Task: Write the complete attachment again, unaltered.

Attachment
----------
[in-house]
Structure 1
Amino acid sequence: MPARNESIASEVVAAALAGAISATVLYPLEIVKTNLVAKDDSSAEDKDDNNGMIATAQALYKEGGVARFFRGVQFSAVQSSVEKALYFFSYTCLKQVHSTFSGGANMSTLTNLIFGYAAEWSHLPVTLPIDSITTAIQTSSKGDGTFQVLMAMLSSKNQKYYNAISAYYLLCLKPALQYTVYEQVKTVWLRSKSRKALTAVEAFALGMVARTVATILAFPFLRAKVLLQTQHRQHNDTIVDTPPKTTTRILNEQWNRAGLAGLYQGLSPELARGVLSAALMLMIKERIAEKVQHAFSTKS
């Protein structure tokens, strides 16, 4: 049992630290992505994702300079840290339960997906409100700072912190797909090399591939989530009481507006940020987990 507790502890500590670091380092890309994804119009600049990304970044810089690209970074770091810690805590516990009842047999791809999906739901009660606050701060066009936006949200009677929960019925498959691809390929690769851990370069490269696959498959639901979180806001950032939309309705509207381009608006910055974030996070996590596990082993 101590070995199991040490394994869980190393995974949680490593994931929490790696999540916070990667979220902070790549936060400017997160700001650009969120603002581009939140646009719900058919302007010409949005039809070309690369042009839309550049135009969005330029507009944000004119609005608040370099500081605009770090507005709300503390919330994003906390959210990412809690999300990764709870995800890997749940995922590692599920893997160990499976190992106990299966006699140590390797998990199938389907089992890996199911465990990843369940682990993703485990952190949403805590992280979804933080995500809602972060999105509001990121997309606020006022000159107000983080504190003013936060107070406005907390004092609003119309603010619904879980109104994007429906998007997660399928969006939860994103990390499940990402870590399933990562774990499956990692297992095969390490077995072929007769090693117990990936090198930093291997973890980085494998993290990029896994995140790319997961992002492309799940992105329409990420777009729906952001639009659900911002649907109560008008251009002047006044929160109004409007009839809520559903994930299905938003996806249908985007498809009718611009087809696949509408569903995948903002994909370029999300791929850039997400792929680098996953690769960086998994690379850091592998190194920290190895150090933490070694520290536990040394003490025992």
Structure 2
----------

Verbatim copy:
[in-house]
Structure 1
Amino acid sequence: MPARNESIASEVVAAALAGAISATVLYPLEIVKTNLVAKDDSSAEDKDDNNGMIATAQALYKEGGVARFFRGVQFSAVQSSVEKALYFFSYTCLKQVHSTFSGGANMSTLTNLIFGYAAEWSHLPVTLPIDSITTAIQTSSKGDGTFQVLMAMLSSKNQKYYNAISAYYLLCLKPALQYTVYEQVKTVWLRSKSRKALTAVEAFALGMVARTVATILAFPFLRAKVLLQTQHRQHNDTIVDTPPKTTTRILNEQWNRAGLAGLYQGLSPELARGVLSAALMLMIKERIAEKVQHAFSTKS
């Protein structure tokens, strides 16, 4: 049992630290992505994702300079840290339960997906409100700072912190797909090399591939989530009481507006940020987990 507790502890500590670091380092890309994804119009600049990304970044810089690209970074770091810690805590516990009842047999791809999906739901009660606050701060066009936006949200009677929960019925498959691809390929690769851990370069490269696959498959639901979180806001950032939309309705509207381009608006910055974030996070996590596990082993 101590070995199991040490394994869980190393995974949680490593994931929490790696999540916070990667979220902070790549936060400017997160700001650009969120603002581009939140646009719900058919302007010409949005039809070309690369042009839309550049135009969005330029507009944000004119609005608040370099500081605009770090507005709300503390919330994003906390959210990412809690999300990764709870995800890997749940995922590692599920893997160990499976190992106990299966006699140590390797998990199938389907089992890996199911465990990843369940682990993703485990952190949403805590992280979804933080995500809602972060999105509001990121997309606020006022000159107000983080504190003013936060107070406005907390004092609003119309603010619904879980109104994007429906998007997660399928969006939860994103990390499940990402870590399933990562774990499956990692297992095969390490077995072929007769090693117990990936090198930093291997973890980085494998993290990029896994995140790319997961992002492309799940992105329409990420777009729906952001639009659900911002649907109560008008251009002047006044929160109004409007009839809520559903994930299905938003996806249908985007498809009718611009087809696949509408569903995948903002994909370029999300791929850039997400792929680098996953690769960086998994690379850091592998190194920290190895150090933490070694520290536990040394003490025992």
Structure 2